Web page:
When will we can use ZFS v24?
yanefbsd at gmail.com
Fri Apr 9 05:34:41 UTC 2010
On Thu, Apr 8, 2010 at 2:30 PM, Chuck Swiger <cswiger at mac.com> wrote:
> On Apr 8, 2010, at 2:18 PM, krad wrote:
> [ ... ]
>>> is that even possible with CDDL?
>> im not a lawyer but it wouldn't surprise me
> I'm not a lawyer either, but I was active in reviewing and suggesting changes to CDDL submission for OSI approval back in 2004.
> A copyright owner always has the ability to relicense their code under other terms, but existing code is guaranteed to be available, redistributable to others, etc under the terms of the current version of CDDL; in particular see:
>> 4. Versions of the License.
>> • 4.1. New Versions.
>> Sun Microsystems, Inc. is the initial license steward and may publish revised and/or new versions of this License from time to time. Each version will be given a distinguishing version number. Except as provided in Section 4.3, no one other than the license steward has the right to modify this License.
>> • 4.2. Effect of New Versions.
>> You may always continue to use, distribute or otherwise make the Covered Software available under the terms of the version of the License under which You originally received the Covered Software. If the Initial Developer includes a notice in the Original Software prohibiting it from being distributed or otherwise made available under any subsequent version of the License, You must distribute and make the Covered Software available under the terms of the version of the License under which You originally received the Covered Software. Otherwise, You may also choose to use, distribute or otherwise make the Covered Software available under the terms of any subsequent version of the License published by the license steward.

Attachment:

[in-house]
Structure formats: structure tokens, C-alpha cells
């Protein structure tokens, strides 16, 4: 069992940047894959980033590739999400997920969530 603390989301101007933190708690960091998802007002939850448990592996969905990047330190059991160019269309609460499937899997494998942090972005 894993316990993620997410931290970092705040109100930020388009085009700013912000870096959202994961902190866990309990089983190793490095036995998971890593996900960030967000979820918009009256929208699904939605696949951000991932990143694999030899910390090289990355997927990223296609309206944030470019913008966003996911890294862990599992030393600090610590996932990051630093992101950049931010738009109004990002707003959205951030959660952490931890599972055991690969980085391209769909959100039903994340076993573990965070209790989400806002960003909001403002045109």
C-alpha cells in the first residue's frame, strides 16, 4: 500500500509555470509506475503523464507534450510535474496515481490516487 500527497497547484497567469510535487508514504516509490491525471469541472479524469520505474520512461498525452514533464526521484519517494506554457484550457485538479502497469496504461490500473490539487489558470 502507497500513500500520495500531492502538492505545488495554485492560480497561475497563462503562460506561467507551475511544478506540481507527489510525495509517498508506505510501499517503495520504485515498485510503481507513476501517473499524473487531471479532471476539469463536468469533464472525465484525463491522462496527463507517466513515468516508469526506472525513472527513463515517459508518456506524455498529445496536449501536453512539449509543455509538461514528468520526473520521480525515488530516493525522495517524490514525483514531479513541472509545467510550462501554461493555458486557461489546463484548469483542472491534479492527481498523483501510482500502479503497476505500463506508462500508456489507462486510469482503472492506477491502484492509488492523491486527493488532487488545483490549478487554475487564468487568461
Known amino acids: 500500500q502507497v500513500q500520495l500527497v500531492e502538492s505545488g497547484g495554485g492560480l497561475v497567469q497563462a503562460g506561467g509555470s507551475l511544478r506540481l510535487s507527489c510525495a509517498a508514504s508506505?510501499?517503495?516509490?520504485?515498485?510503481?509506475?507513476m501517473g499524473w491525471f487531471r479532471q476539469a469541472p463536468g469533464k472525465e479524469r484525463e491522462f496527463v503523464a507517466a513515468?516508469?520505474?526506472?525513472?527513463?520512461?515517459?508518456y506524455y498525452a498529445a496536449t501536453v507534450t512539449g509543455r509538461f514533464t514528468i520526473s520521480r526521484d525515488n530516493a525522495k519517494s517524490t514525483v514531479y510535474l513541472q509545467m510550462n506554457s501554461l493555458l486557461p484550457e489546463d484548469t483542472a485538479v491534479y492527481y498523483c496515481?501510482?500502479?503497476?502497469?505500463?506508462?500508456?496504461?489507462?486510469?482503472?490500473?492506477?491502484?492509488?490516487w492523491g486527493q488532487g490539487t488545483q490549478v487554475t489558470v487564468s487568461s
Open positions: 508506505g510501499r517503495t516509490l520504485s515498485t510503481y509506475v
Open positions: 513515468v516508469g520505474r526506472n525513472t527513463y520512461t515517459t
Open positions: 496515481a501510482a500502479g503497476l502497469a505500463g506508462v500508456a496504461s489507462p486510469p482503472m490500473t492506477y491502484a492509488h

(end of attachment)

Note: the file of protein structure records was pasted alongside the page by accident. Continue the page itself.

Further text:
> If Oracle chooses, they might make future changes to the ZFS source code under different or more restrictive licensing terms, but what's available now is always going to be available.
The same of basic principle applies to BDB; originally it was BSD
licensed in 1.x under FreeBSD, then GPLed in 2.x+ (IIRC), then left to
pasture in 4.x after Oracle acquired Sleepycat DB. MySQL is GPLv2
today... who knows what it might be tomorrow...
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